Leaving Quyon


Leaving Quyon, an elegy.  An autumnal scene of a rustic shed, tree trunks, a bench and trees with fall colors
The past is another planet.

Forty long years ago, I met a guy and fell. It was one of those holiday things: I was visiting Canada from England, where I was living, and was heading back there in a week or so. He was—is—a choreographer-dancer on a trajectory that would end in brilliant success, awards, esteem. I, on the other hand, was muddling through, though I daresay looking rather pretty with it.

My heart, not for the first or the last time, broke; cracked like porcelain, erupted like Vesuvius, and when our sojourn of sex ended I experienced, not for the first or the last time, the sensation that an essential part of me had been—not lopped off, oh no; more like maimed, and I would henceforth and forever have to drag around this mangled horror while putting on a brave face and pretending I was whole.

At the beginning of October, 2016, we saw each other again, for the first time since 1978. I was then 61. He was, I would like to say, ageless, and I know he would like that, too. I went to visit him in Quyon, about sixty miles outside Ottawa on the Gatineau, Québec side of things.

He had been living in a outwardly ramshackle four-storey beast of a house that, in fact, once you got past the front doors, revealed a mix of modern necessities and even luxuries—under which rubric does a sunken, heart-shaped bathtub fall, I wonder—and that eclectic, eccentric collector’s style that makes a dwelling into a cozy and endlessly fascinating museum of one’s life.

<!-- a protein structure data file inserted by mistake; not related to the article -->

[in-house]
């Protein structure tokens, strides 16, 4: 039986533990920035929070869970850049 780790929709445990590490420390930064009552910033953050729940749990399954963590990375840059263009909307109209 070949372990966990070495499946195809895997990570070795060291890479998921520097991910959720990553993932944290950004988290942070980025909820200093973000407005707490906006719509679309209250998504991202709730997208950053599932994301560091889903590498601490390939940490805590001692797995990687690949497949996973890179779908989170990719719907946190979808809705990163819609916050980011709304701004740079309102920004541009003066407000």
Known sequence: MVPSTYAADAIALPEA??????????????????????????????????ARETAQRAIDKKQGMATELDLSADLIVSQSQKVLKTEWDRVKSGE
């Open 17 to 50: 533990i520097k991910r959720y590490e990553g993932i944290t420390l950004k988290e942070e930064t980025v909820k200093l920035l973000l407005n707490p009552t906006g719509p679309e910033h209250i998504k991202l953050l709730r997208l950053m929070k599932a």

This is where he had held workshops, mentored dancers, acted as a choreographic dramaturge for visiting groups. And his time here was coming to an end: the house sold during the four days I was there. 

The past is another planet. I no longer know either of the young men who inhabited it. When it was time to leave, when he held me and I wept like my heart would break yet again and yet again, I had a dizzying, frantic perception, like a film reel scattering its millions of individual cells, of the arc of time that bound this moment to our first.

Every act contributed: every time I had chosen one street over another, one particular meal, whether or not to skip class, or to hold my tongue or speak my mind, to be friends or enemies or whether to eat toast with jam or drink my coffee black: Like Alice on the recalcitrant road that mocks her plucky determination and flings her back to the present at every attempt to escape, my freedom had been illusory, and I, too, ended up at a destination I could never have foreseen.

This is, I believe, the perception I will have at the moment of my death: Roses touching my fingers when I am an infant, reaching up to a sun burning through summer curtains, my anxious mother’s cheek pressed to mine, all my loves and my cruelties, my grief and my regrets falling away as I step over the boundary

beyond which, for all I know, I may meet her again, meet each and every one of them again, face to beloved face.

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all photos © 2019, David Roddis.